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belittle

[bih-lit-l] /bɪˈlɪt l/
verb (used with object), belittled, belittling.
1.
to regard or portray as less impressive or important than appearances indicate; depreciate; disparage.
Origin
1775-1785
1775-85, Americanism; be- + little
Related forms
belittlement, noun
belittler, noun
Synonyms
minimize, decry, deprecate, deride, scorn, dismiss.
Dictionary.com Unabridged
Based on the Random House Dictionary, © Random House, Inc. 2014.
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Examples from the web for belittling
  • There's no evidence that belittling or demeaning children in an insulting way is good for them.
  • But perhaps you are belittling him for stating the obvious.
  • Perhaps they should educate themselves a little more before belittling others.
  • He treated his players with respect, praising without fawning and criticizing without belittling.
  • My mom is constantly picking fights with her and belittling her.
  • Minimizes criticism, nagging, derogatory comments and other belittling or demeaning messages.
British Dictionary definitions for belittling

belittle

/bɪˈlɪtəl/
verb (transitive)
1.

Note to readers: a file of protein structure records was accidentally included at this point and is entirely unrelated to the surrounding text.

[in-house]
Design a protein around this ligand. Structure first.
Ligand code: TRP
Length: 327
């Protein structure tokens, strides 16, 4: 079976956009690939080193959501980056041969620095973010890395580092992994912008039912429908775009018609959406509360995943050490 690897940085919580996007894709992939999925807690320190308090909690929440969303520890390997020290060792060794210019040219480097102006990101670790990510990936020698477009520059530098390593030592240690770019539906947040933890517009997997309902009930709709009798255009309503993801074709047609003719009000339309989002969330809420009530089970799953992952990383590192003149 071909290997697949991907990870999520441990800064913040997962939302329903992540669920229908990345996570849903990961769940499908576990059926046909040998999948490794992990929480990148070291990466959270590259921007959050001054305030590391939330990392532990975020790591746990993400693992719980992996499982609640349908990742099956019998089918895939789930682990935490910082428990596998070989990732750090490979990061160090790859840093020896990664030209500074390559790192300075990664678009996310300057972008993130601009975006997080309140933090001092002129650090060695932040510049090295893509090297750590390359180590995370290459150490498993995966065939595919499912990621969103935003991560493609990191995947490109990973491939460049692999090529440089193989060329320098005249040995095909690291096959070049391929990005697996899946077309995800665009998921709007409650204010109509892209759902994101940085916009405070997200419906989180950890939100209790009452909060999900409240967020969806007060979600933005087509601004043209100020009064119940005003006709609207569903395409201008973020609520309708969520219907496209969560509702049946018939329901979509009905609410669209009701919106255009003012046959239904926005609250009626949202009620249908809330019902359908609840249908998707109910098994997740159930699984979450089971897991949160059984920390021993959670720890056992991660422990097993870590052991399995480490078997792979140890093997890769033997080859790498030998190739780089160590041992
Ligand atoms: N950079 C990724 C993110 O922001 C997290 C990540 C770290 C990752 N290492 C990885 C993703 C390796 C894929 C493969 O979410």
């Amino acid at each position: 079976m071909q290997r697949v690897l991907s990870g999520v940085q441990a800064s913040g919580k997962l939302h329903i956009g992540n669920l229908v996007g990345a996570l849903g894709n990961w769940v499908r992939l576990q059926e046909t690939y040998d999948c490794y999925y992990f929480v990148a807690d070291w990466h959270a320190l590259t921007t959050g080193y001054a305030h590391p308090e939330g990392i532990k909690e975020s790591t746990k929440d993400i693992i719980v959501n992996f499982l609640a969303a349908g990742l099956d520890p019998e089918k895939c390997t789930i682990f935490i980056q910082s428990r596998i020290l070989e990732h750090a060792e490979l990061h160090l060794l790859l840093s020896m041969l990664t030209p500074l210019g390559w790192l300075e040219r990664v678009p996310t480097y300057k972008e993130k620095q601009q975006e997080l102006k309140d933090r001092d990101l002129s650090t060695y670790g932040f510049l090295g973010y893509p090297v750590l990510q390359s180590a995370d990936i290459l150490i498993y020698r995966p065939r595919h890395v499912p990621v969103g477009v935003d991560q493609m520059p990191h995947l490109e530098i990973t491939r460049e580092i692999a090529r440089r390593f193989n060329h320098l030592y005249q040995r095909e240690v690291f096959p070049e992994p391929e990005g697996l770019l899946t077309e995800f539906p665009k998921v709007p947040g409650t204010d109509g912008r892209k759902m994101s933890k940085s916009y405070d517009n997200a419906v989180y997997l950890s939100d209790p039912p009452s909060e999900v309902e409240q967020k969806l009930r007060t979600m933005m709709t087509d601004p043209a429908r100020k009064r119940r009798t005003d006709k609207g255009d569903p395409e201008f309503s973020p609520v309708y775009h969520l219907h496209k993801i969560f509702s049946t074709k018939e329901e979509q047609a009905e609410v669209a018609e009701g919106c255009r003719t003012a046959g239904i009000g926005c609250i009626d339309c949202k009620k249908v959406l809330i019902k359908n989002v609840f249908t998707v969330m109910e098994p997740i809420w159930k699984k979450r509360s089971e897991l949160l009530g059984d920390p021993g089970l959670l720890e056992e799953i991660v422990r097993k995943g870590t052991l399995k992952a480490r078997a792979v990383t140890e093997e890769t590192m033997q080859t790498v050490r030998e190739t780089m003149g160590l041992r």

to consider or speak of (something) as less valuable or important than it really is; disparage
2.
to cause to make small; dwarf
Derived Forms
belittlement, noun
belittler, noun
belittlingly, adverb
Collins English Dictionary - Complete & Unabridged 2012 Digital Edition
© William Collins Sons & Co. Ltd. 1979, 1986 © HarperCollins
Publishers 1998, 2000, 2003, 2005, 2006, 2007, 2009, 2012
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Word Origin and History for belittling

belittle

v.

1781, "to make small," from be- + little (v.); first recorded in writings of Thomas Jefferson (and probably coined by him), who was roundly execrated for it in England:

Belittle! What an expression! It may be an elegant one in Virginia, and even perfectly intelligible; but for our part, all we can do is to guess at its meaning. For shame, Mr. Jefferson! ["European Magazine and London Review," 1787, reporting on "Notes on the State of Virginia"; to guess was considered another barbarous Yankeeism.]
Jefferson used it to characterize Buffon's view that American life was stunted by nature, which he was refuting. The figurative sense of "depreciate, scorn as worthless" (as the reviewers did to this word) is from 1797. Related: Belittled; belittling.

Online Etymology Dictionary, © 2010 Douglas Harper
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